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Gallup poll: Majority of Democrats want more moderate party

Republicans, meanwhile, preferred a more conservative party.

Senate Minority Leader Chuck Schumer and Speaker of the House Nancy Pelosi concluding their joint response to President Trump's prime time address, on January 8.
REUTERS/Jonathan Ernst

A brief follow-up to yesterday’s post, which was (sort of) about the question of how far left the Democratic Party might be moving. “Left” and “right” are imprecise terms, as are “liberal” and “conservative.”

But Gallup recently asked Democrats and Dem-leaning independents this question:

“If you had to choose, would rather see the Democratic Party become more liberal or become more moderate?”

And they asked Republicans and Repub-leaning independents:

“If you had to choose, would rather see the Republican Party become more conservative or become more moderate?”

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I don’t claim to know what issues and positions go through people’s minds when they are asked such a question. But here are the results:

Gallup found that by a fairly solid-looking 54-41 percent (with five percent expressing no opinion) of Democrats would prefer that their party move toward the middle.

But among Republicans and Repub-leaners, by an even wider 57-37 percent margin, want their party to move further to the right.

It’s just a poll question, without much history to compare it against. Don’t take it too seriously. And 54-41 is no landslide. Nor is it clear what issues respondents thought about when they considered the difference between a moderate and a liberal (or, on the Repub side, a conservative).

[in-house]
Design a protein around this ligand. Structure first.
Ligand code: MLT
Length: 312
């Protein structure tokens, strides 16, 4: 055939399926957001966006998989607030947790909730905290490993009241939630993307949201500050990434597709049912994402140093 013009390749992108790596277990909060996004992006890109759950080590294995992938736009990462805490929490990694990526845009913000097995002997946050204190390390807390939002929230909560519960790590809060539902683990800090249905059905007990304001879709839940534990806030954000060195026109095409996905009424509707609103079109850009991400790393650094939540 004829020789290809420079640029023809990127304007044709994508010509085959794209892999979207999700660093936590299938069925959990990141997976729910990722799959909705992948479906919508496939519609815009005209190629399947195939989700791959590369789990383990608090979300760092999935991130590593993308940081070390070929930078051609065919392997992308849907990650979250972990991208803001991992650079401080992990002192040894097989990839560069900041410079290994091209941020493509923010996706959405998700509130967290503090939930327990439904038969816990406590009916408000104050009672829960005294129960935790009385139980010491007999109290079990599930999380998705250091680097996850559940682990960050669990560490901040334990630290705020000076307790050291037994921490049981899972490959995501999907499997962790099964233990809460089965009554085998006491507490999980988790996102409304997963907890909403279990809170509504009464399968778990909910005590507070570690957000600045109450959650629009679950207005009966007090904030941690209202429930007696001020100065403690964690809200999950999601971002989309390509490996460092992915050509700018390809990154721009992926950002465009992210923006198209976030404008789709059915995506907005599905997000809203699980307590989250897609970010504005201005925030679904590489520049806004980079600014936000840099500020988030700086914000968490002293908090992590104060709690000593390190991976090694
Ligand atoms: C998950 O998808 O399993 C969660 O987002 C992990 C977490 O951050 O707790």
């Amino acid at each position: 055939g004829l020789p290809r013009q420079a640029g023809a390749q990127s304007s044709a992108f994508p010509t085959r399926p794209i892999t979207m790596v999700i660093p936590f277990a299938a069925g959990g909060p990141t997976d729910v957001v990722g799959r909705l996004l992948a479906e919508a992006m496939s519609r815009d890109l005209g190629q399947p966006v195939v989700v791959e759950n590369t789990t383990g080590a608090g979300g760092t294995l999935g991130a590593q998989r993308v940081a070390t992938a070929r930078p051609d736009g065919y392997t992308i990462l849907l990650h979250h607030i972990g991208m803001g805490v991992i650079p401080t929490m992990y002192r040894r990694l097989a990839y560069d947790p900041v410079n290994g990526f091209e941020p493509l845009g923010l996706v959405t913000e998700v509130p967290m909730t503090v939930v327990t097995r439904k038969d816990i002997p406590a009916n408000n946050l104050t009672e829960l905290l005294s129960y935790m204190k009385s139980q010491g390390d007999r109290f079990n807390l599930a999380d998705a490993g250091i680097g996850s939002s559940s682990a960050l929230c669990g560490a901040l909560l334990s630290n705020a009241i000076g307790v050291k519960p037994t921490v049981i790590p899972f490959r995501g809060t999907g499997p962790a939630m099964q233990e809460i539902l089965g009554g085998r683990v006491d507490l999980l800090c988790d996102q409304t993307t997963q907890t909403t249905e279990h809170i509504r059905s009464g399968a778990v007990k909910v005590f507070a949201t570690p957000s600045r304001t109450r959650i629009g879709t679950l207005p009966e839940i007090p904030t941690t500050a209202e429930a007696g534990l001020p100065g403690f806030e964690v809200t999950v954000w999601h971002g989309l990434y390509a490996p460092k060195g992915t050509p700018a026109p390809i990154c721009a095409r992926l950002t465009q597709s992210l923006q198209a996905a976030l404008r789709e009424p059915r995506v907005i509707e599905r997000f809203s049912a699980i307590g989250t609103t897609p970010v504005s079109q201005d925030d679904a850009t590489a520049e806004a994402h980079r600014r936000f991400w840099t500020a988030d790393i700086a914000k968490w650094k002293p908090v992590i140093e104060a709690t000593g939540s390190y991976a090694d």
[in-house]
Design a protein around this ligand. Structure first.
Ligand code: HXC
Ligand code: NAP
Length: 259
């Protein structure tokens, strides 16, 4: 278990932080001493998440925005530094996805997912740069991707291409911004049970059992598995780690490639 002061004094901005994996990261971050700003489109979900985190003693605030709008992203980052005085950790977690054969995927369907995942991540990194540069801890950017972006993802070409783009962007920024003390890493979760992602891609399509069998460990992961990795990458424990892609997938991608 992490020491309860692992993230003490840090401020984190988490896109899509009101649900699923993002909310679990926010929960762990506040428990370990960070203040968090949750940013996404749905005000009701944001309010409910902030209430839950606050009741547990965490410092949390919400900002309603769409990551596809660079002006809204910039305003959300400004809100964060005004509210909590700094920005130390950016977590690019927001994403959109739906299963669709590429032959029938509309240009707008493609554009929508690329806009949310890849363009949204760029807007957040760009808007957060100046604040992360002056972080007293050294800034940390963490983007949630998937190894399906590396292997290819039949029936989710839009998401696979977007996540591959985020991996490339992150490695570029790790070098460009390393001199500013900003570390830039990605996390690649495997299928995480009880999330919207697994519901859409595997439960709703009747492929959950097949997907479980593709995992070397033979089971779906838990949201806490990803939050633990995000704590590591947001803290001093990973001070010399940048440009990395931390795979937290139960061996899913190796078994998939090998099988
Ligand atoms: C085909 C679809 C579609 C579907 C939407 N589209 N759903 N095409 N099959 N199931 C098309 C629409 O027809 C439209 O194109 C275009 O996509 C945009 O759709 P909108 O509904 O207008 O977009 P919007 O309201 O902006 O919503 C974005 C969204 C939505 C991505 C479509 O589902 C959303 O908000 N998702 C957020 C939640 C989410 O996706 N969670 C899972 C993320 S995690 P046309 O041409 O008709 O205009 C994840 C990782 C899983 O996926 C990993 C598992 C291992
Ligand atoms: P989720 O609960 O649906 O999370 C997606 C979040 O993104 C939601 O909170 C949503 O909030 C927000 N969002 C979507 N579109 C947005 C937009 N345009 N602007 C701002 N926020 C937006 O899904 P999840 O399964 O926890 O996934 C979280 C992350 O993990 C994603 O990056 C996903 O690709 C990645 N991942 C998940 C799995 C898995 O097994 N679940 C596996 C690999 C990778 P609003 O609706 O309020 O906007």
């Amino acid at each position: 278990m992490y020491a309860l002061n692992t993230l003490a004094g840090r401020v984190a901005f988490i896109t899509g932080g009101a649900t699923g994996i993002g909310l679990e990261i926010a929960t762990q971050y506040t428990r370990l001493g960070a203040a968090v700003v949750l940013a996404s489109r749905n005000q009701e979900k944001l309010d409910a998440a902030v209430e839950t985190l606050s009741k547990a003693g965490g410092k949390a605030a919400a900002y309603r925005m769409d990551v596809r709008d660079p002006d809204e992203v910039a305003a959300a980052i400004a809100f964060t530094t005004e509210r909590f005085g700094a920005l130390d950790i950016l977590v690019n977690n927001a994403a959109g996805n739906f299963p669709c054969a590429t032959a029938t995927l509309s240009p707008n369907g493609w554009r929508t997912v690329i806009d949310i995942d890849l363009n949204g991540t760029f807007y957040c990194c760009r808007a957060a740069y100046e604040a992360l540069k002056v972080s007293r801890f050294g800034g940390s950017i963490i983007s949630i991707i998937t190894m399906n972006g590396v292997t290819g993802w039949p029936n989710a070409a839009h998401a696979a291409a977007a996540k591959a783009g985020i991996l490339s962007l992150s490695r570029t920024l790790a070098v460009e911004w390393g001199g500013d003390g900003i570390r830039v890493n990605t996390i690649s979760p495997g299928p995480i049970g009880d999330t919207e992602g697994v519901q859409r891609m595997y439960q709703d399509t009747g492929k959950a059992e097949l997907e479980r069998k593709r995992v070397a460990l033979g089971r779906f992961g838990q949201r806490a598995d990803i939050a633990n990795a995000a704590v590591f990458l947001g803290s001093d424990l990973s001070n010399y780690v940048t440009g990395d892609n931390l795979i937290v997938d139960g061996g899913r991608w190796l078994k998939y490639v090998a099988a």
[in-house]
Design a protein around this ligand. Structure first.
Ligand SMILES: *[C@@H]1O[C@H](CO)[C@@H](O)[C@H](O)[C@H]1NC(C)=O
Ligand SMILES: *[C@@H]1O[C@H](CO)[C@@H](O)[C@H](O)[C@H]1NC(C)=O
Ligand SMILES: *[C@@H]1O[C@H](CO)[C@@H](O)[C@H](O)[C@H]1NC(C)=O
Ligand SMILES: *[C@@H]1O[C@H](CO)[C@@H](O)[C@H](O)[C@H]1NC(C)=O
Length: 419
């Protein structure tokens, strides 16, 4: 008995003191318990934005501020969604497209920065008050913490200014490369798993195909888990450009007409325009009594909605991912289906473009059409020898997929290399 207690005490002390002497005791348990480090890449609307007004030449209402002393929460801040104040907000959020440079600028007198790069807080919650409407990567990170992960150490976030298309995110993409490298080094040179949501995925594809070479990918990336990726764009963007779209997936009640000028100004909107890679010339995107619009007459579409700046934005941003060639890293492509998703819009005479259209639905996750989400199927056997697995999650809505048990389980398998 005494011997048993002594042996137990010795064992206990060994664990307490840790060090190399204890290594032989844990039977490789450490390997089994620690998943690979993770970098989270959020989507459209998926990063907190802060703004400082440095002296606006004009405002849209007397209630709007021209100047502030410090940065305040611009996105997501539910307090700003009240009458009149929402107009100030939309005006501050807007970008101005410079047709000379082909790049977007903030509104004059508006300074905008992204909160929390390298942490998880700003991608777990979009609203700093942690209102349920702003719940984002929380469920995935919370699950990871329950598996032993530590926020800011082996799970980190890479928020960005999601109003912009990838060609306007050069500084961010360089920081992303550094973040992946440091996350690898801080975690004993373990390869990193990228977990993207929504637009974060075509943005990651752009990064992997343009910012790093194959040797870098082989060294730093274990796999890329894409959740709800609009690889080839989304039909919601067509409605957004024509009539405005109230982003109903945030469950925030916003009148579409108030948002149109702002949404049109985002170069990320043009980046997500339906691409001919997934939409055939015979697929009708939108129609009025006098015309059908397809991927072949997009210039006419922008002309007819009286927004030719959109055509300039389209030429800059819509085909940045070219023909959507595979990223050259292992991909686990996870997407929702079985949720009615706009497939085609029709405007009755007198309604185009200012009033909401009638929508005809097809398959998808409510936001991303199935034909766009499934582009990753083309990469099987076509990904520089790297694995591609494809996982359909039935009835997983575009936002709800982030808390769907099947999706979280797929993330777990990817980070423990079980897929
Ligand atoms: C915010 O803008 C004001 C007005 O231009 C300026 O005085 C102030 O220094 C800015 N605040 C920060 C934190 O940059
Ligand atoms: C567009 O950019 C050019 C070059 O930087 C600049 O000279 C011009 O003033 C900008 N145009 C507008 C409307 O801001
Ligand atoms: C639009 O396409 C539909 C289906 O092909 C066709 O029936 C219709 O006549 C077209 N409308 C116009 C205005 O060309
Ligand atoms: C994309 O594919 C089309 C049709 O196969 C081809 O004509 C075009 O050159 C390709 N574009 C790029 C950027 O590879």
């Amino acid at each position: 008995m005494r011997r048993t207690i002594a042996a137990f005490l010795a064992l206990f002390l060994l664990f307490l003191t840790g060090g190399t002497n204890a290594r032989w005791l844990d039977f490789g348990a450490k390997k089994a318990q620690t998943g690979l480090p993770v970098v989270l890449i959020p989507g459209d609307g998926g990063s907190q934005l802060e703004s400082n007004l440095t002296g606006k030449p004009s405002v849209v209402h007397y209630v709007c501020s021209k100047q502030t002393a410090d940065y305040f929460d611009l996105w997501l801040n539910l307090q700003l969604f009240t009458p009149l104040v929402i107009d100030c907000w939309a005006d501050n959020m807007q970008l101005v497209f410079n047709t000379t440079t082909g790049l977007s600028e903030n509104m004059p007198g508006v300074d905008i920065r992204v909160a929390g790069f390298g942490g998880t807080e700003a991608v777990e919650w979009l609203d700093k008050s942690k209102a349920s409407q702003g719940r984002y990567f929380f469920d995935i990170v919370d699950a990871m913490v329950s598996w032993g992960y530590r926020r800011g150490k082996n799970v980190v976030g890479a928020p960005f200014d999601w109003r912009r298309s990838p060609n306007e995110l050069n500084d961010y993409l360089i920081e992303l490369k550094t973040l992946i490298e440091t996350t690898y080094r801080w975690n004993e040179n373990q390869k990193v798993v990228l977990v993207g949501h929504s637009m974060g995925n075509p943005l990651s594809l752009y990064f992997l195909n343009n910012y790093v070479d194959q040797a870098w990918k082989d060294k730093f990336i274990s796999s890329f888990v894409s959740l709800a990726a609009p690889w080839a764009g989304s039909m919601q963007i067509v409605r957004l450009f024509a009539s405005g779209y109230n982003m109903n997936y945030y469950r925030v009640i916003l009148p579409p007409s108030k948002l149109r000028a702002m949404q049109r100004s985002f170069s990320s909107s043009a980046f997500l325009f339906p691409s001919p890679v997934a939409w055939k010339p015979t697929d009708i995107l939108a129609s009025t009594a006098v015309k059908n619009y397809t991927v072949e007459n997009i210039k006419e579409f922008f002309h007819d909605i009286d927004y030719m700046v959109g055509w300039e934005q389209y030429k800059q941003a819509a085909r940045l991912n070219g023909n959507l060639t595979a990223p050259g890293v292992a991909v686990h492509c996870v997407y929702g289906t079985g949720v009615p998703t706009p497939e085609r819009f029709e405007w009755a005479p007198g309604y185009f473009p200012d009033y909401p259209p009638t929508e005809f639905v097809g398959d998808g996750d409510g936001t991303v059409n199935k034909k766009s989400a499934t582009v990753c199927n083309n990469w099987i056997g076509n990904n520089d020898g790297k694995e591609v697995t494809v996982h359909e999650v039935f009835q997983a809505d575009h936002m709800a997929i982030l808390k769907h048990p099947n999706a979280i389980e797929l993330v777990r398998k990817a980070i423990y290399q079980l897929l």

But I would say the response from Democrats rubs somewhat against the notion that Democrats are craving leaders who will be arguing for single-payer health care or an aggressive round of taxing the rich to help the poor. If so, that might be good news for liberal-but-somewhat-more-centrist Democrats who are considering running for president, including former Vice President Joe Biden, Ohio Sen. Sherrod Brown and Minnesota’s own Amy Klobuchar.

In the age of Trump, fine differences among liberals, like whether to focus on saving the Affordable Care Act or moving toward single-payer, tend to get lost. All of the Democratic contenders are united by their opposition to Trump and all things Trumpian. There are undoubtedly people on the left who favor things like single-payer, who will be energized by a bold progressive agenda. And there will be moderates who might be scared away by the same things.

And, in the age of Trump, whose ideology is incoherent, especially on traditional markers of liberalism versus conservatism, it’s even harder to speculate what Republican respondents may have had in mind when they were asked to choose between moderation and strong conservatism as the future direction of the party.

It’s also true that, as Edsall noted in the piece I linked to yesterday, the more liberal wing of the Democratic electorate are often more engaged and more likely to turn out in lower-turnout elections like primaries.

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Some version of this argument will play out during the primaries. And, presumably that outcome will feed into the general election. Nothing new in that, but the Dems may have a more energized left than they have had for some time.